Saturday, February 26, 2011

Catching Up! Taking the Christmas Tree Down - At Laaaaasssstttt...

Hola, darlings!

I am having guests for dinner at 4 p.m. and I've spent the morning in a frenzy of house cleaning - and I finally got the Christmas tree down, LOL!  Actually, I started the removal process on Wednesday night after I got home from the office by pulling out all of the boxes from the garage that hold the ornaments and decorations, and I proceeded to undress the tree.  It was rather sad, but a must faster process than decorating is!  Anyway, I got a long way before I called it a night.  I finished up removing the rest of the ornaments last night and put the boxes away until this coming Christmas.

I left the hard part until this morning - actually getting the tree from the front window into the garage.  In prior years I have attempted to tie it up to a more slender profile with string and then lug it, huffing and puffing all the way, across my 19' living room, down the hallway to the dinette, around the corner then across the dinette to the family room, another corner, and then wrestling the tree through the service door into the garage, where I then struggle to replace the stand pieces that always fall off, before I can actually stand the tree up again.  Then there is the complicated process of wrapping the tree in sheets to keep bugs, dust and spiders off.

I said to myself this year, "Self, there must be a better way to do this.  Let us think about this for a bit." 

My solution was to deconstruct the tree into its original three component parts.  Sounded easy enough.  When I first bought it, it came in three parts that went together easily enough.  So, bright and early this morning, I fumbled my way into the center of the three and first disconnected the three power cords that light the tree (it is one of the pre-lit kind).  Then I tugged around near the top of the tree and after some effort, voila!  The top third of the tree came off!  It actually would make a very nice little tree on its own - an idea for next year...  On to the sheet on the floor it went, and I tried to mush the branches down a little, without squishing them too much.  Then, onto the middle section.

The damnable middle section.  It would NOT separate from the bottom part of the tree!  I tugged and tugged, to no avail.  It almost all came out, but there was one section in particular that seemed to be stuck to the lower section.  I looked as best I could while balancing most of the section across my chest (it was HEAVY, let me tell you!) when, lo and behold, I spoted what looked like scotch tape!  Scotch tape?  Then I remembered.  When I put tree together this year there was a droopy branch.  No matter what I did the damn branch drooped and left a big gap between the bottom of the middle part and the top of the bottom part in that particular section of the tree, and no matter how I twisted and turned the branches, a big hole remained - much bigger than could reasonably be filled in with ornaments.  I could have parked a tank in that hole.  My eventual solution was to take a roll of scotch tape to the inner part of the offending branch where I taped it to a perfectly situated lower section branch.  I made a "rope" of scotch tape, in other words, since the string "sling" I made didn't work properly.  The scotch tape rope sling worked just fine!  Oh, and I just realized now, duh!  It was actually a drooping lower section branch that I rope-taped to a perfectly situated upper branch in the middle section.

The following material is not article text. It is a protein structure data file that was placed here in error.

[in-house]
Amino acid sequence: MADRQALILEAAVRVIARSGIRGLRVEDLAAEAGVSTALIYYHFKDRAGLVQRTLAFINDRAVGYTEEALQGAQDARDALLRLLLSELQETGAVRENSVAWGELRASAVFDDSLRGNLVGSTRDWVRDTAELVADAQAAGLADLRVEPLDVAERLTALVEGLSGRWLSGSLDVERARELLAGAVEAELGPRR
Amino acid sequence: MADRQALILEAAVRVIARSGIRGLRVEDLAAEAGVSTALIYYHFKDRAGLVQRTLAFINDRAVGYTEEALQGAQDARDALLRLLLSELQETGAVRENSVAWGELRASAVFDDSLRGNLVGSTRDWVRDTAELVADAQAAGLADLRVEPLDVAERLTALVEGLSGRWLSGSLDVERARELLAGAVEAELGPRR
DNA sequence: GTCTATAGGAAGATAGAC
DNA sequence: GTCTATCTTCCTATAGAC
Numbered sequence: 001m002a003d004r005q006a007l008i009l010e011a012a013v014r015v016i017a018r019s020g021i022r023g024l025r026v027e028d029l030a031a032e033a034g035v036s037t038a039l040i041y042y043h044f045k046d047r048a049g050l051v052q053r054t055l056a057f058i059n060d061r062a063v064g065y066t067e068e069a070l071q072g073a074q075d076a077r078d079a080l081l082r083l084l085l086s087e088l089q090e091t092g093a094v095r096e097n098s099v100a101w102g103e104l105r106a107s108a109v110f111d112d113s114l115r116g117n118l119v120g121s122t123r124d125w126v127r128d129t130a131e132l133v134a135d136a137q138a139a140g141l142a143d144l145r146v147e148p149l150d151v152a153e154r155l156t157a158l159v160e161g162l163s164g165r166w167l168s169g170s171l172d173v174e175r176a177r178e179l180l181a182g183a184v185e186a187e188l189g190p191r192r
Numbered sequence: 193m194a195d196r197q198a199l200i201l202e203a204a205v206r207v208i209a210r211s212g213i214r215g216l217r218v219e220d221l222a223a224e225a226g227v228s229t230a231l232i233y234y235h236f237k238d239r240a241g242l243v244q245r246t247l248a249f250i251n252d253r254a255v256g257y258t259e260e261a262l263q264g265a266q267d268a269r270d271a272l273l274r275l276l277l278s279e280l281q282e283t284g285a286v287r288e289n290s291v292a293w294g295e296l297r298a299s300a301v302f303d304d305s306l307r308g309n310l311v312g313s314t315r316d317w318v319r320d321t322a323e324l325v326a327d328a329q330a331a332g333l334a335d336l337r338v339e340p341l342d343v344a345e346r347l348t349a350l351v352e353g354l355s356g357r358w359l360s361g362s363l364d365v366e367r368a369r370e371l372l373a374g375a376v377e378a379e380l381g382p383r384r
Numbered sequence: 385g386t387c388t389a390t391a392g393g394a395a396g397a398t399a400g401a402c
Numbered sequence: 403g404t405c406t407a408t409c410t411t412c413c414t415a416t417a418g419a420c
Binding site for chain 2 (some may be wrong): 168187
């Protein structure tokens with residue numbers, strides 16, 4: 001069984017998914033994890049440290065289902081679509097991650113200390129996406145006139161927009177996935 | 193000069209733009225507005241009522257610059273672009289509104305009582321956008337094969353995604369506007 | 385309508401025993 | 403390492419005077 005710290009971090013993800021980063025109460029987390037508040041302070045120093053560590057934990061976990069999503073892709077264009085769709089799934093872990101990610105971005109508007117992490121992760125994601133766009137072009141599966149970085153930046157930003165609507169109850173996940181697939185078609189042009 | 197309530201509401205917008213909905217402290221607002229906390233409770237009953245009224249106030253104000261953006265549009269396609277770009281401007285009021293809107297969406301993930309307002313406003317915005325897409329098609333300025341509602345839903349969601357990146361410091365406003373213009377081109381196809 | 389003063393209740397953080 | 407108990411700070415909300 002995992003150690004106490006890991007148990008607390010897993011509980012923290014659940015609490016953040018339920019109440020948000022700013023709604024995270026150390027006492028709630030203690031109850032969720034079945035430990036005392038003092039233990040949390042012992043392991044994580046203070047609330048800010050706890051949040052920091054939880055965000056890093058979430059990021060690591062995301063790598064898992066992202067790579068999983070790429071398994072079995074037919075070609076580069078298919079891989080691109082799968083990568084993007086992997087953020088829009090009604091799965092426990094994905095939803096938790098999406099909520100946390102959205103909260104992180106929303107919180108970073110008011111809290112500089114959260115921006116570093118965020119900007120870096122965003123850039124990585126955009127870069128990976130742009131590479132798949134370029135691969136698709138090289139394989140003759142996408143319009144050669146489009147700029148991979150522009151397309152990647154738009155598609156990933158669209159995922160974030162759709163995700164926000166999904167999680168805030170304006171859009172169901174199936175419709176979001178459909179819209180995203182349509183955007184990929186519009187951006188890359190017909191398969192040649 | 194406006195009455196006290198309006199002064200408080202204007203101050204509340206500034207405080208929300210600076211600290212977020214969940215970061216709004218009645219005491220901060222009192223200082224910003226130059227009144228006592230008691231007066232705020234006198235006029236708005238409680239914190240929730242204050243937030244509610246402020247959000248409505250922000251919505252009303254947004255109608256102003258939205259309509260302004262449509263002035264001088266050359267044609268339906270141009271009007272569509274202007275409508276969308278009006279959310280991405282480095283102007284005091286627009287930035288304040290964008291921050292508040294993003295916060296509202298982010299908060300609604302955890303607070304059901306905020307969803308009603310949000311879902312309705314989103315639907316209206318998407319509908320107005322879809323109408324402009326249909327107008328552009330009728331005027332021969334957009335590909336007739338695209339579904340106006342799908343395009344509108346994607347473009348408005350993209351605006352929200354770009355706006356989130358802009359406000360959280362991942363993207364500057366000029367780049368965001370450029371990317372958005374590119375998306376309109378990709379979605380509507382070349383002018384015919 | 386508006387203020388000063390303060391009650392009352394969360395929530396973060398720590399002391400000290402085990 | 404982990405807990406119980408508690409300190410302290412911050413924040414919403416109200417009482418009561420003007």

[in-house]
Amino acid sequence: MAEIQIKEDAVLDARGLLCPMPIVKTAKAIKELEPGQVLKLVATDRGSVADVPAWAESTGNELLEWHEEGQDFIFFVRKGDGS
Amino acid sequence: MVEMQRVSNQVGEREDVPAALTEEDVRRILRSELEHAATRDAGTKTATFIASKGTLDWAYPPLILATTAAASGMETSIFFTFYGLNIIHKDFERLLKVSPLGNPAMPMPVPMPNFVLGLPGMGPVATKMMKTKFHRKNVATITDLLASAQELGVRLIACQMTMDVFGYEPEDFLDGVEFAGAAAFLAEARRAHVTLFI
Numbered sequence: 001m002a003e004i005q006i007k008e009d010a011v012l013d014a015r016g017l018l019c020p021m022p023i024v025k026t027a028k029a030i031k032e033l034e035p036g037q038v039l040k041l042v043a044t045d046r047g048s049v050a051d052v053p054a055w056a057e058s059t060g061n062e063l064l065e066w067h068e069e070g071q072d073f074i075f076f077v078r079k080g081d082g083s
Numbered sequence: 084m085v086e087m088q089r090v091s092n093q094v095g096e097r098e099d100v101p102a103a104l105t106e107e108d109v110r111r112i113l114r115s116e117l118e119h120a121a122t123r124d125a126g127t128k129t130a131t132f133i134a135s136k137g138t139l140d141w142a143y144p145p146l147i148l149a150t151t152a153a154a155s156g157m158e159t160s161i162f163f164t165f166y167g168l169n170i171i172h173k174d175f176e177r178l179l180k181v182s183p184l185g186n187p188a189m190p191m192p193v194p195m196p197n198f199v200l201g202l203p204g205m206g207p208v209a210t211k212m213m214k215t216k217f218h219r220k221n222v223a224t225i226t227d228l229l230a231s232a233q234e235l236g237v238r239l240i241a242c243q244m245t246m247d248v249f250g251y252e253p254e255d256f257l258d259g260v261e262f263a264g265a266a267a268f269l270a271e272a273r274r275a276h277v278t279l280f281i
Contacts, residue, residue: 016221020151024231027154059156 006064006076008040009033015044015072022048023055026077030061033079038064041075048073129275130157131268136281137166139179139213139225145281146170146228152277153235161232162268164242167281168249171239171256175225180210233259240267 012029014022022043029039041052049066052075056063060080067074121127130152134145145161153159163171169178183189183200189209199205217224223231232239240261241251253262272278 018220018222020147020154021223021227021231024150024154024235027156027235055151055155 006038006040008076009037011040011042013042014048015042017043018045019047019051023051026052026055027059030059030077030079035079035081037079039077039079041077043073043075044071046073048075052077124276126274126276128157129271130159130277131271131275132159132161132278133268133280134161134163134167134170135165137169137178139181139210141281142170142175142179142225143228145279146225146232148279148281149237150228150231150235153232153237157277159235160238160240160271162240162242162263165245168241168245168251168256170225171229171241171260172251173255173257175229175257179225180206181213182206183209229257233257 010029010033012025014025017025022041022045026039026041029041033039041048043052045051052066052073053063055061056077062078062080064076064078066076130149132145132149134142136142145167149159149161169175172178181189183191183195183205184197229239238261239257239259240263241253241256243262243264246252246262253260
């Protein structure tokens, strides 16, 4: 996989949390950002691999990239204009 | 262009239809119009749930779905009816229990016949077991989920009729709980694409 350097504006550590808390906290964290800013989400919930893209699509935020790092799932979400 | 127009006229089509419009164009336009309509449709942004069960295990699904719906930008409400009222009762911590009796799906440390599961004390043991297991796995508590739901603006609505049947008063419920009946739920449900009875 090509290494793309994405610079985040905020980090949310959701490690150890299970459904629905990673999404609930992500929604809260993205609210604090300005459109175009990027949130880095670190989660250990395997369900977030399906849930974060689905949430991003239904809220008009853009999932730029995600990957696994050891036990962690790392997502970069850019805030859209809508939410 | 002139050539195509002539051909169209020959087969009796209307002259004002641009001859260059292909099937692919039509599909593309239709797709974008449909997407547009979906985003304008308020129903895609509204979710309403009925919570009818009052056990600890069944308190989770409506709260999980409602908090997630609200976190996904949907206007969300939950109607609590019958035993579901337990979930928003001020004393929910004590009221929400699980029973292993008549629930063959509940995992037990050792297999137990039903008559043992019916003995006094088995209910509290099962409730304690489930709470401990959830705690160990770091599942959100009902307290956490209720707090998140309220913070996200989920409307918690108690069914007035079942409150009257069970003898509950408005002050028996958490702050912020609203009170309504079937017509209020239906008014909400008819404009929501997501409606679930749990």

By now, of course, I'm sweating like a stuck pig despite the 64 degree F temperature I keep my house at in the winter. I run upstairs and exchange my sweatshirt (har!) for a Goddesschess teeshirt that has seen better days.  I go back downstairs, grab scissors out of the junk drawer in the kitchen and attack the scotch tape rope.  Voila!  I can now remove the middle section of the tree!

It nearly knocked me over as I staggered backward toward the fireplace mantle under its weight (revenge???)  That section is the heaviest of the three sections by a long shot, and it was all I could do to wrestle it over to the sheet and thankfully let it drop!  KER-PLUNK.  After catching my breath, I tackled squishing it into a reasonably modest shape and I didn't care how squished the branches got, bugger tree!

Finally, only the bottom of the tree remained, the widest part, plus the collapsing stand that always falls apart at the most inconvenient moment.  I sucked in a large breath and attacked!  Two legs of the stand fell off but that was fine as I could maneuver the section onto the sheet with that part on the floor!  Success!

Well, sort of.  I had two legs on the tree stand that refused to come off.  Finally I got a hammer and attacked.  At last, they came off.  I sure hope I haven't damaged them beyond repair...  At any rate, now I had all three sections, plus the deconstructed stand on the sheet.  All I had to do was wrap it up, tie it up and drag it out to the garage.  So I thought.